• The Sisters

  • By: James Joyce
  • Narrated by: Jim Norton
  • Length: 18 mins
  • Unabridged Audiobook
  • Release date: 11-25-13
  • Language: English
  • Publisher: Naxos AudioBooks
  • 5 out of 5 stars 5.0 (1 rating)

Regular price: $0.95

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Editorial Reviews

In the aftermath of his third stroke, the one that fells a priest, the increasingly odd final days of the cleric are remembered in vague, suggestive terms by those who knew him. A young boy who had a close, undefined relationship with him, and his two, surviving sisters are among those reminiscing. Veteran character actor Jim Norton, expertly providing voice and strikingly individual characterizations to these characters moving almost dreamlike through their personal tragedies and triumphs of middle-class life in the Irish capital, performs this selection from the Dubliners, Vol. 1 collection of Irish author James Joyce’s short stories.
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Publisher's Summary

This is a story from the Dubliners , Volume 1 collection.
James Joyce's Dubliners is a collection of short stories about the lives of the people of Dublin around the turn of the century. Each story describes a small but significant moment of crisis or revelation in the life of a particular Dubliner, sympathetically but always with stark honesty. Many of the characters are desperate to escape the confines of their humdrum lives, though those that have the opportunity to do so seem unable to take it. This work holds none of the difficulties of Joyce's later novels, such as Ulysses, yet in its way it is just as radical. These stories introduce us to the city which fed Joyce's entire creative output, and to many of the characters who made it such a well of literary inspiration.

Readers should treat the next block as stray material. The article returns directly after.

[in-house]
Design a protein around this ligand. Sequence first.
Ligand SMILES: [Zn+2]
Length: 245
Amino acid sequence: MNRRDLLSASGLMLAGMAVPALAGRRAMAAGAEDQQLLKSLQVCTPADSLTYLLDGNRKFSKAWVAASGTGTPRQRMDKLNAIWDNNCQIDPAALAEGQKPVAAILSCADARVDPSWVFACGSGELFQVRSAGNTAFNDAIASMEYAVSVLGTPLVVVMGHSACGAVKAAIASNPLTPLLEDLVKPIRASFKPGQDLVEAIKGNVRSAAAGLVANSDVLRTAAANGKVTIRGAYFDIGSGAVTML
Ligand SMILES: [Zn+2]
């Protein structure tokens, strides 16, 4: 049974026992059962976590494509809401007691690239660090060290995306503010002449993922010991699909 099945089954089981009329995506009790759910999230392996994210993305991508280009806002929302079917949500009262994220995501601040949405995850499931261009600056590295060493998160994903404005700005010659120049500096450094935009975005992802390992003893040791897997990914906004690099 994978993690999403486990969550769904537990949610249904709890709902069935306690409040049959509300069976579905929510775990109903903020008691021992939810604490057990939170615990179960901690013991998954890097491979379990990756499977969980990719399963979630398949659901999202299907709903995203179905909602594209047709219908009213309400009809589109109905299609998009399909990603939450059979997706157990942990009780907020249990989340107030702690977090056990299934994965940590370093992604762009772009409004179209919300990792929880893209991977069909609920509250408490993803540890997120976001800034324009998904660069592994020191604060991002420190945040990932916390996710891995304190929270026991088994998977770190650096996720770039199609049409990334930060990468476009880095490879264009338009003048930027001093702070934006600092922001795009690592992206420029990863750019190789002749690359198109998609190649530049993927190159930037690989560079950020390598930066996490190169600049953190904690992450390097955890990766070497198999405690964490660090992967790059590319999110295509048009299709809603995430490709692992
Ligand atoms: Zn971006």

Public Domain (P)1999 NAXOS AudioBooks Ltd.
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Customer Reviews

Most Helpful
5 out of 5 stars
By Allen Mahan on 06-01-15

For Openers

This might be my favorite story in Dubliners. It opens the book and prepares us for what to expect, which I won't outline or spoil for you, here. I really enjoyed the narration, too. I can clearly imagine the precocious, inquisitive little boy . . .

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